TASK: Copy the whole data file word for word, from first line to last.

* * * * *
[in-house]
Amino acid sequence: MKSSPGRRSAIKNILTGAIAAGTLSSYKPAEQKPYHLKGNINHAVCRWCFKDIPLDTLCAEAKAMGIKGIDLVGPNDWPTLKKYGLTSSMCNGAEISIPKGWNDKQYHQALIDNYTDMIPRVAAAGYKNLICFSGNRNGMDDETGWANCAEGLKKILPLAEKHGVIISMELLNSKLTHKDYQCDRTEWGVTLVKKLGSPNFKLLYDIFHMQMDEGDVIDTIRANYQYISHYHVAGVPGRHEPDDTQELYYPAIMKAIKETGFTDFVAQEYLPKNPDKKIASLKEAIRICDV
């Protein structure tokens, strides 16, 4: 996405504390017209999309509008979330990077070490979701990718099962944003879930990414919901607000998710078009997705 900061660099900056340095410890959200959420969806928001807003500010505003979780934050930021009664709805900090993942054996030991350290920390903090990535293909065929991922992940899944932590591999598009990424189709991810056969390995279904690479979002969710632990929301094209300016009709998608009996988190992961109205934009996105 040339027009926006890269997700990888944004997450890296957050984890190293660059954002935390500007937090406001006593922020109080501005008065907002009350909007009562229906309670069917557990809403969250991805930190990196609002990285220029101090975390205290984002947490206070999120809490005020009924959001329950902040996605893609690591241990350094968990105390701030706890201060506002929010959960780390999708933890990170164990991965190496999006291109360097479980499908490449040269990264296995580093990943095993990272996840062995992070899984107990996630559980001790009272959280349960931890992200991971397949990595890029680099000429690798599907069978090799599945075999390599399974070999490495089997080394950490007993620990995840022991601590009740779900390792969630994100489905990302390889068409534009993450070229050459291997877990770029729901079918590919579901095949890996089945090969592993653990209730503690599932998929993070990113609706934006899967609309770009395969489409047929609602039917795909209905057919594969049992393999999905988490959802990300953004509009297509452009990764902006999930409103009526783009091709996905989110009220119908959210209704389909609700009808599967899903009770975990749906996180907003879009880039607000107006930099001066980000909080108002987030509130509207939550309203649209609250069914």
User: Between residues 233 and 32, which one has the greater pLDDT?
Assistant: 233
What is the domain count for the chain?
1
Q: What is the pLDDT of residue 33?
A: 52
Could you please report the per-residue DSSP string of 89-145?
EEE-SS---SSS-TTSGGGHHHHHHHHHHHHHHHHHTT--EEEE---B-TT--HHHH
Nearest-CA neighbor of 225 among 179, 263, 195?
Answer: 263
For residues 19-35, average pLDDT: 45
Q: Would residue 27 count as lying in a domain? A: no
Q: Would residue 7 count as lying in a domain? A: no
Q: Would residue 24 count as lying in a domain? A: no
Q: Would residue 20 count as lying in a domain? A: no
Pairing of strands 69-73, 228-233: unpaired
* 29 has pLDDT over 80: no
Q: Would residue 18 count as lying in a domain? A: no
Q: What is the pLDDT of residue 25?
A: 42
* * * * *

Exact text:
[in-house]
Amino acid sequence: MKSSPGRRSAIKNILTGAIAAGTLSSYKPAEQKPYHLKGNINHAVCRWCFKDIPLDTLCAEAKAMGIKGIDLVGPNDWPTLKKYGLTSSMCNGAEISIPKGWNDKQYHQALIDNYTDMIPRVAAAGYKNLICFSGNRNGMDDETGWANCAEGLKKILPLAEKHGVIISMELLNSKLTHKDYQCDRTEWGVTLVKKLGSPNFKLLYDIFHMQMDEGDVIDTIRANYQYISHYHVAGVPGRHEPDDTQELYYPAIMKAIKETGFTDFVAQEYLPKNPDKKIASLKEAIRICDV
């Protein structure tokens, strides 16, 4: 996405504390017209999309509008979330990077070490979701990718099962944003879930990414919901607000998710078009997705 900061660099900056340095410890959200959420969806928001807003500010505003979780934050930021009664709805900090993942054996030991350290920390903090990535293909065929991922992940899944932590591999598009990424189709991810056969390995279904690479979002969710632990929301094209300016009709998608009996988190992961109205934009996105 040339027009926006890269997700990888944004997450890296957050984890190293660059954002935390500007937090406001006593922020109080501005008065907002009350909007009562229906309670069917557990809403969250991805930190990196609002990285220029101090975390205290984002947490206070999120809490005020009924959001329950902040996605893609690591241990350094968990105390701030706890201060506002929010959960780390999708933890990170164990991965190496999006291109360097479980499908490449040269990264296995580093990943095993990272996840062995992070899984107990996630559980001790009272959280349960931890992200991971397949990595890029680099000429690798599907069978090799599945075999390599399974070999490495089997080394950490007993620990995840022991601590009740779900390792969630994100489905990302390889068409534009993450070229050459291997877990770029729901079918590919579901095949890996089945090969592993653990209730503690599932998929993070990113609706934006899967609309770009395969489409047929609602039917795909209905057919594969049992393999999905988490959802990300953004509009297509452009990764902006999930409103009526783009091709996905989110009220119908959210209704389909609700009808599967899903009770975990749906996180907003879009880039607000107006930099001066980000909080108002987030509130509207939550309203649209609250069914």
User: Between residues 233 and 32, which one has the greater pLDDT?
Assistant: 233
What is the domain count for the chain?
1
Q: What is the pLDDT of residue 33?
A: 52
Could you please report the per-residue DSSP string of 89-145?
EEE-SS---SSS-TTSGGGHHHHHHHHHHHHHHHHHTT--EEEE---B-TT--HHHH
Nearest-CA neighbor of 225 among 179, 263, 195?
Answer: 263
For residues 19-35, average pLDDT: 45
Q: Would residue 27 count as lying in a domain? A: no
Q: Would residue 7 count as lying in a domain? A: no
Q: Would residue 24 count as lying in a domain? A: no
Q: Would residue 20 count as lying in a domain? A: no
Pairing of strands 69-73, 228-233: unpaired
* 29 has pLDDT over 80: no
Q: Would residue 18 count as lying in a domain? A: no
Q: What is the pLDDT of residue 25?
A: 42